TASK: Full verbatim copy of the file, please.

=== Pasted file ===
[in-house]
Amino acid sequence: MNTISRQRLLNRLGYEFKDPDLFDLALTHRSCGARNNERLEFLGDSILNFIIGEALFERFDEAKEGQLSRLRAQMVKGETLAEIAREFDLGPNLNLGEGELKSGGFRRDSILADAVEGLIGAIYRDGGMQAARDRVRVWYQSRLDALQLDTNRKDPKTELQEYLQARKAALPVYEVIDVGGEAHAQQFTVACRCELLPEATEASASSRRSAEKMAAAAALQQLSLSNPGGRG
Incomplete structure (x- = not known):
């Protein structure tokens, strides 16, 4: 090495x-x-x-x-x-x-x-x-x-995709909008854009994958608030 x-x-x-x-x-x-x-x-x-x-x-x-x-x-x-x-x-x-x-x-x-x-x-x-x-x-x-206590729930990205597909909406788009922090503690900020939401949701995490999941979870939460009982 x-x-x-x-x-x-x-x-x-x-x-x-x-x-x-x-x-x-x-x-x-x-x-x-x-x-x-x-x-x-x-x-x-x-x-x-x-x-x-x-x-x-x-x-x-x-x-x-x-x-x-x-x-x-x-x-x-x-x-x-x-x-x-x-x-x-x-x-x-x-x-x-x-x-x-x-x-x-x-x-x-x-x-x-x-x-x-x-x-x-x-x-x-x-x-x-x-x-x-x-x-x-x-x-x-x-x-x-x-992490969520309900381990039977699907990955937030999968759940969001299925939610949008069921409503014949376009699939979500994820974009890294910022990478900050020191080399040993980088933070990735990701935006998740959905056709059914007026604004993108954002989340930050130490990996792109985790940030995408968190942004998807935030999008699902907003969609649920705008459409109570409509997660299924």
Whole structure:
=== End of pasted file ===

[in-house]
Amino acid sequence: MNTISRQRLLNRLGYEFKDPDLFDLALTHRSCGARNNERLEFLGDSILNFIIGEALFERFDEAKEGQLSRLRAQMVKGETLAEIAREFDLGPNLNLGEGELKSGGFRRDSILADAVEGLIGAIYRDGGMQAARDRVRVWYQSRLDALQLDTNRKDPKTELQEYLQARKAALPVYEVIDVGGEAHAQQFTVACRCELLPEATEASASSRRSAEKMAAAAALQQLSLSNPGGRG
Incomplete structure (x- = not known):
């Protein structure tokens, strides 16, 4: 090495x-x-x-x-x-x-x-x-x-995709909008854009994958608030 x-x-x-x-x-x-x-x-x-x-x-x-x-x-x-x-x-x-x-x-x-x-x-x-x-x-x-206590729930990205597909909406788009922090503690900020939401949701995490999941979870939460009982 x-x-x-x-x-x-x-x-x-x-x-x-x-x-x-x-x-x-x-x-x-x-x-x-x-x-x-x-x-x-x-x-x-x-x-x-x-x-x-x-x-x-x-x-x-x-x-x-x-x-x-x-x-x-x-x-x-x-x-x-x-x-x-x-x-x-x-x-x-x-x-x-x-x-x-x-x-x-x-x-x-x-x-x-x-x-x-x-x-x-x-x-x-x-x-x-x-x-x-x-x-x-x-x-x-x-x-x-x-992490969520309900381990039977699907990955937030999968759940969001299925939610949008069921409503014949376009699939979500994820974009890294910022990478900050020191080399040993980088933070990735990701935006998740959905056709059914007026604004993108954002989340930050130490990996792109985790940030995408968190942004998807935030999008699902907003969609649920705008459409109570409509997660299924």
Whole structure: